What Is the Benchmark for Financial Happiness?

Cropped shot of a happy senior woman sitting alone in her living room and going through paperwork.
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What is the turning point for financial happiness?

Studies from the Proceedings of the National Academy of Sciences have indicated that number is $75,000 or $80,000. A different study in 2021 put the price at $105,000. In 2022, Americans now say $122,000 is ideal.

Generally speaking, there is no specific salary or income level that will make everyone feel financially healthy and happy.

Let’s take a closer look at how you can align your worth and what you can do when you find yourself feeling no further ahead than when you were earning less money.

Are Financial Benchmarks Relevant to Happiness?

Financial benchmarks, assigned to high and low numbers alike, are largely irrelevant.  

Dawn Dahlby, a private wealth advisor, said that, over the last two decades of her career, she has been around people of all income levels and has found that happiness and unhappiness may reside at any wealth level.

“While I do believe having household incomes at or above $85,000 a year is essential to living comfortably, it doesn’t dictate whether or not someone is happy,” Dahlby said. “True happiness and satisfaction with your personal and financial worth is built from within. No magic number will do that for you.”

How To Align Your Worth for Happiness

Rather than rely on a magic number or any dollar amount alone, Dahlby said building wealth and worth will provide with happiness. How can you do this?

Make Your Money Work Better for You

Dahlby said she advises her clients to align their worth with the right type of income. When a person earns income that is in alignment with their worth, they find contentment in their professional lives. 

Further, opportunities to grow your self-worth don’t happen strictly during traditional work hours. Self-worth extends beyond financial worth. There is even a formula you can use for better alignment: personal growth plus financial growth equals happiness. 

“Insecure people, at any wealth level, live unhappy lives,” Dahlby said. “Building internal security gives us more energy to grow our financial security and live more fulfilled lives. The intersection of combining personal internal security with external financial security is the true path to happiness.”

What Can You Do To Feel Further Ahead When Making Less?

In a time of economic inflation and rising cost-of-living expenses, most people may feel it’s a struggle to get ahead financially. 

Kendall Clayborne, CFP at SoFi, said more money can make life easier up to a point, adding flexibility to your budget, but sometimes people find that as income increases so do expenses. Here’s what you can do to avoid feeling as though you are falling behind financially.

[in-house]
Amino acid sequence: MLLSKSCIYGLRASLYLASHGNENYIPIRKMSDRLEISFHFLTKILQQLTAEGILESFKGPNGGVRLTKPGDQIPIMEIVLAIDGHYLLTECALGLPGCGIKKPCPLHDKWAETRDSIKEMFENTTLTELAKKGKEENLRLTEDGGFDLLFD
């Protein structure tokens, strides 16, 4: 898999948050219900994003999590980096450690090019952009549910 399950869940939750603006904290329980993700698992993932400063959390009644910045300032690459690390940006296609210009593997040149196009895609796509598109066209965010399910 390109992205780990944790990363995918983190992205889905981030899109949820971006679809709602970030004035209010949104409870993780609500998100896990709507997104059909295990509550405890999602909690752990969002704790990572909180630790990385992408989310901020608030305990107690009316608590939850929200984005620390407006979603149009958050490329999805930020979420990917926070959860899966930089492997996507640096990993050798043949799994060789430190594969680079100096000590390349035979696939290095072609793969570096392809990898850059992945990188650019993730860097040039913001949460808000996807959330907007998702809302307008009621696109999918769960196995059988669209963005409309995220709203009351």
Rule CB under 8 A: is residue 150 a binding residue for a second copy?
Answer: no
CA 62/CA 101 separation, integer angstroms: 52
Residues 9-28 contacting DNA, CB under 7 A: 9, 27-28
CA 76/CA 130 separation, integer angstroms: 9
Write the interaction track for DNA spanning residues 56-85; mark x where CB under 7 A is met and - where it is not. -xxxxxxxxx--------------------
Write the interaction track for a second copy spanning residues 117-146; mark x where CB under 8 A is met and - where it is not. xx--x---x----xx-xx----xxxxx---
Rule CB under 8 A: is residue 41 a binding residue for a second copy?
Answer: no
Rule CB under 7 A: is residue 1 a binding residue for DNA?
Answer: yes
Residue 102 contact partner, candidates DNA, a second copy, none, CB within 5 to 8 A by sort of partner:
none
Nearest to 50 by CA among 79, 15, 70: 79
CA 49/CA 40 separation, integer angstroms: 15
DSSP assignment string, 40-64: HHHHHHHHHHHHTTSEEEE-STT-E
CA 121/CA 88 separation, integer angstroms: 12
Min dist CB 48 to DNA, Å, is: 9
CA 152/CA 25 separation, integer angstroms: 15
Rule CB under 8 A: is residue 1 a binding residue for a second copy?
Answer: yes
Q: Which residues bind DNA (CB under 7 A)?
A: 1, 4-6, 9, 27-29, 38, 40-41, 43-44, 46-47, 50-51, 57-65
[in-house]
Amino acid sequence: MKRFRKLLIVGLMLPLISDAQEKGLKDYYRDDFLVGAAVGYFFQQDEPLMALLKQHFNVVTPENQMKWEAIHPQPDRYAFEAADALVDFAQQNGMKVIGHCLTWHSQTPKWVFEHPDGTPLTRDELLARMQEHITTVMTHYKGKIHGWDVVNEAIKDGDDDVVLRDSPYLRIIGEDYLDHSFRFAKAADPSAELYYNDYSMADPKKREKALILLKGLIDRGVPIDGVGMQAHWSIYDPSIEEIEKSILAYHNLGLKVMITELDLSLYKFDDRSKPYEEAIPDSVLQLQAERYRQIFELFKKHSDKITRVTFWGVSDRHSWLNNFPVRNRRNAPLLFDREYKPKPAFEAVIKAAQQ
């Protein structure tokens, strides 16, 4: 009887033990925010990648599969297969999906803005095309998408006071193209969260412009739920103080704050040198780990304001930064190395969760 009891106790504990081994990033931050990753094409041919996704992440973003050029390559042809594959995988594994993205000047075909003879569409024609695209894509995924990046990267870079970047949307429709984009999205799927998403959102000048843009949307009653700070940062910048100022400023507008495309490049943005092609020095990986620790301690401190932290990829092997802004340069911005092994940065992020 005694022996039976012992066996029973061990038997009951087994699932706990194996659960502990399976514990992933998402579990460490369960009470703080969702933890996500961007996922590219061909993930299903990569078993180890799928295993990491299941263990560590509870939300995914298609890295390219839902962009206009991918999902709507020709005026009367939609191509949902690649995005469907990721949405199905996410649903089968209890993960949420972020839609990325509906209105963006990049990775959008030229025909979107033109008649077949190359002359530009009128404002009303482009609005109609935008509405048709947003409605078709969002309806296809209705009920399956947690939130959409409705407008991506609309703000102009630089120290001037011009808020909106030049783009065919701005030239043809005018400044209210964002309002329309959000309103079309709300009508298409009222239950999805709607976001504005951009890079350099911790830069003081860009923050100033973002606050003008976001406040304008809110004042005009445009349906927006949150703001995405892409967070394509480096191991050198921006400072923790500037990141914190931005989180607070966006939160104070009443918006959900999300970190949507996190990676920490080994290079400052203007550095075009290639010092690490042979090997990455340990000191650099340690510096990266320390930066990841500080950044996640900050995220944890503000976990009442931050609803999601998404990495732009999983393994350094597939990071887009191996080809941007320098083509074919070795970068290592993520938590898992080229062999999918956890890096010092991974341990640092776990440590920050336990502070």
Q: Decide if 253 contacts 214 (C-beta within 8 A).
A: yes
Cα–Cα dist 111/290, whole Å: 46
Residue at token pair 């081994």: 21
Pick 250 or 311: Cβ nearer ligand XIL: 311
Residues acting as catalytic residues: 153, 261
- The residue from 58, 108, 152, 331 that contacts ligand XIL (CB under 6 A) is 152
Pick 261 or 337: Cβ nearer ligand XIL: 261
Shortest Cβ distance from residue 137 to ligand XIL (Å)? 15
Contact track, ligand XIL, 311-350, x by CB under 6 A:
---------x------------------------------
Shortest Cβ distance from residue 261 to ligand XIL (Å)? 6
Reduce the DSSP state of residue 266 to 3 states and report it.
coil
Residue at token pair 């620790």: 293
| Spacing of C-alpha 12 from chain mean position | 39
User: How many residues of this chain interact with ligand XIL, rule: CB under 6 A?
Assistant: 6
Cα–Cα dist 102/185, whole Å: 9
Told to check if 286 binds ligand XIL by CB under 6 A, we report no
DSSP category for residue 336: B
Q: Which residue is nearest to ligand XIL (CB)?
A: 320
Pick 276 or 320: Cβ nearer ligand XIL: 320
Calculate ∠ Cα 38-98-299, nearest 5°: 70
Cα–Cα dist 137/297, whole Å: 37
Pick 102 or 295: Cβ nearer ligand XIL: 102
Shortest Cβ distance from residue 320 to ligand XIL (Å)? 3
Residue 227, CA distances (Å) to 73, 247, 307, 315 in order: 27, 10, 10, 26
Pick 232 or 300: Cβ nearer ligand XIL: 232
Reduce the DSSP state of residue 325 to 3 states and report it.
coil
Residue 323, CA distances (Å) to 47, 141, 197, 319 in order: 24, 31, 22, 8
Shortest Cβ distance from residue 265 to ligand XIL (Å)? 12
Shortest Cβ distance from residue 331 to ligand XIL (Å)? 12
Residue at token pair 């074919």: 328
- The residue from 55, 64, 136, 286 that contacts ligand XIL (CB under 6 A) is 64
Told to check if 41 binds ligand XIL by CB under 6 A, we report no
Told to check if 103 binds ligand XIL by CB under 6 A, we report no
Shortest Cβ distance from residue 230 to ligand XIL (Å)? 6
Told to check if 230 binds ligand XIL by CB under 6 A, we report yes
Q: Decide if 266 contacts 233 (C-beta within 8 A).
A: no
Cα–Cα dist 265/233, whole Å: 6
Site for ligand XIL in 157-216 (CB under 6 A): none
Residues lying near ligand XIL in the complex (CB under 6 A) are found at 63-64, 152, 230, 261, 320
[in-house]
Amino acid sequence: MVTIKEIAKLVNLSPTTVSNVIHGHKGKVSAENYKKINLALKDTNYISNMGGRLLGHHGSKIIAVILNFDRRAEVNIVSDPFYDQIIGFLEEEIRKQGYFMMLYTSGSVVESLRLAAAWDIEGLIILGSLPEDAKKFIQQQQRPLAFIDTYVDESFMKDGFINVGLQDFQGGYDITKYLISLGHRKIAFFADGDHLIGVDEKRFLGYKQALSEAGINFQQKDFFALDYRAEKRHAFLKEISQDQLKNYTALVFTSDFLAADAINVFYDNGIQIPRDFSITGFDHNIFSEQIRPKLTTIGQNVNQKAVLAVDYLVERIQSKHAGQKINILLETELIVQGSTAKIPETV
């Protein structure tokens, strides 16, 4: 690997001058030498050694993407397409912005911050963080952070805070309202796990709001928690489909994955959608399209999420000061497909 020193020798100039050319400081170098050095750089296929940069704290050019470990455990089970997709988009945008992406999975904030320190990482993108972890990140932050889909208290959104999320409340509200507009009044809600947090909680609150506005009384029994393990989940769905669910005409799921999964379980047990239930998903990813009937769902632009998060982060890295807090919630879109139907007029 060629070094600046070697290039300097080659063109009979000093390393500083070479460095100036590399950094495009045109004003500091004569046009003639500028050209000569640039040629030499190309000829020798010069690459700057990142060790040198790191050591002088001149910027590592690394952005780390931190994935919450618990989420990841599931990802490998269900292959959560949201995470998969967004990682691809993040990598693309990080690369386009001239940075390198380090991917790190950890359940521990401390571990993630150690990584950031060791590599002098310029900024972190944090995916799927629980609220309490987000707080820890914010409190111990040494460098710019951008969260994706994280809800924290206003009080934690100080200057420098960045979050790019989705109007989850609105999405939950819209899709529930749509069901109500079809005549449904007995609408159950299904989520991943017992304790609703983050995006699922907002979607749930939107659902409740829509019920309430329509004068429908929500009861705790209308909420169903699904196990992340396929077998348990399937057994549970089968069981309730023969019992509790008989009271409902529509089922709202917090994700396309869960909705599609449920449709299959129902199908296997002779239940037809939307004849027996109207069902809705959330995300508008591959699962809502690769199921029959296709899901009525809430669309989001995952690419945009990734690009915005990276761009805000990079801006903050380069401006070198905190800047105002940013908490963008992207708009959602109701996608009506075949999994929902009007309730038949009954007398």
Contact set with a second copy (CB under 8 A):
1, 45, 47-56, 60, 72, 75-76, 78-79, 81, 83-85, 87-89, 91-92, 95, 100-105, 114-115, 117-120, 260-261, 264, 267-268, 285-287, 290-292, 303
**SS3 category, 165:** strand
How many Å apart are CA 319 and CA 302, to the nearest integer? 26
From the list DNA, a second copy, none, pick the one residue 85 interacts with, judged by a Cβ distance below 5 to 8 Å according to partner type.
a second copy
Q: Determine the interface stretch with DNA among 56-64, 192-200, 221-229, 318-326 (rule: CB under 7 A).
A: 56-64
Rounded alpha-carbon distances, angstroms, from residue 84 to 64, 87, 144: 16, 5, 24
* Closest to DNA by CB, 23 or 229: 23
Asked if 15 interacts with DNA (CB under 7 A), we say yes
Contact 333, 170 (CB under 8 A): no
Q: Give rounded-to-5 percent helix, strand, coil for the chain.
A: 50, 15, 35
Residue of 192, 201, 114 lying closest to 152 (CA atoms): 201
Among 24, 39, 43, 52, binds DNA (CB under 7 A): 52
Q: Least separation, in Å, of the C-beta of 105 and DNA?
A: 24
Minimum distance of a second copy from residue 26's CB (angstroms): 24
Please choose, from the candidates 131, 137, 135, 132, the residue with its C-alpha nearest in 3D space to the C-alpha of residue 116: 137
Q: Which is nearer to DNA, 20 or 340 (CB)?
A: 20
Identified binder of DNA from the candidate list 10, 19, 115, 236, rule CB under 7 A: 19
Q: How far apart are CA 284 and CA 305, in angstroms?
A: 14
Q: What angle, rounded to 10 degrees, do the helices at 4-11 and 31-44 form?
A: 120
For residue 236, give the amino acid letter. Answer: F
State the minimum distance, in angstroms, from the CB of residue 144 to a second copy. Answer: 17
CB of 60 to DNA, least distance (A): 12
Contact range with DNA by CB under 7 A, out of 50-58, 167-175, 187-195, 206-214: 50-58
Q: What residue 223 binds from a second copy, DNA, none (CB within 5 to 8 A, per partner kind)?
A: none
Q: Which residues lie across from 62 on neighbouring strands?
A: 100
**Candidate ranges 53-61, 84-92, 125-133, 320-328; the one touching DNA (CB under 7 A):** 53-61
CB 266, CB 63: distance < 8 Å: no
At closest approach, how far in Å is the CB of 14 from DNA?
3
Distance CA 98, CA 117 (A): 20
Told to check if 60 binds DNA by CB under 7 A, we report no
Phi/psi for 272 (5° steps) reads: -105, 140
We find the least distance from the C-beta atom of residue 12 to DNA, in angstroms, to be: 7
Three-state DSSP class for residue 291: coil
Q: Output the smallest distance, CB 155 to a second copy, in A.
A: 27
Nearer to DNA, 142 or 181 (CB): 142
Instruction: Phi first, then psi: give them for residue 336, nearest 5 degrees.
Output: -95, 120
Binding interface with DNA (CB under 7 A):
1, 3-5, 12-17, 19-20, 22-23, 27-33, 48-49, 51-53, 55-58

Manage Lifestyle Creep

Lifestyle creep, sometimes referred to as lifestyle inflation, is when you start to spend more as you earn more. 

“As you progress through your career and begin to get raises and earn additional income,” Clayborne said, “it can be tempting to purchase a bigger home or more expensive car even if you don’t need more space or a new car. Recognizing and mitigating lifestyle creep in your own life can lead to better budgeting and decisions.”

Make Your Money Work Better for You

Avoid Buyer’s Remorse

An impulse buy, especially on something that you don’t necessarily need or that is expensive or excessive, may make you happy for a short period of time, only to lead to long-term regret.

Don’t give in. Clayborne recommends practicing a waiting period for any nonessential purchases to avoid buyer’s remorse. Wait a day or two for smaller purchases. If you’re contemplating bigger purchases, consider 30 days for the waiting period to better reflect and determine whether you need to make the purchase.

Things vs. Experiences

Is true happiness, from where you stand, about purchasing things or is it about spending money on experiences? Clayborne said to consider what you are spending on and what makes you happy. If you aren’t certain, you may reflect back to childhood memories. 

“The things that still bring me happiness to this day are the experiences, not the things,” she said. “The memories from a trip to the local amusement park with my parents lasted far longer than any toy I received. The same applies now as an adult.”

Continue Saving and Investing for the Future

You may not know what the future will bring, but you can at least be financially prepared for it. Clayborne recommends putting the temporary satisfaction of an impulse buy toward a saving or investment account.

Just as memories of childhood experiences bring happiness today, you can give the future version of yourself the best in living comfort by putting money toward bigger goals such as retirement. As you watch your savings and investment accounts grow throughout your lifetime, you will experience great satisfaction, and true happiness, as a result.

Make Your Money Work Better for You

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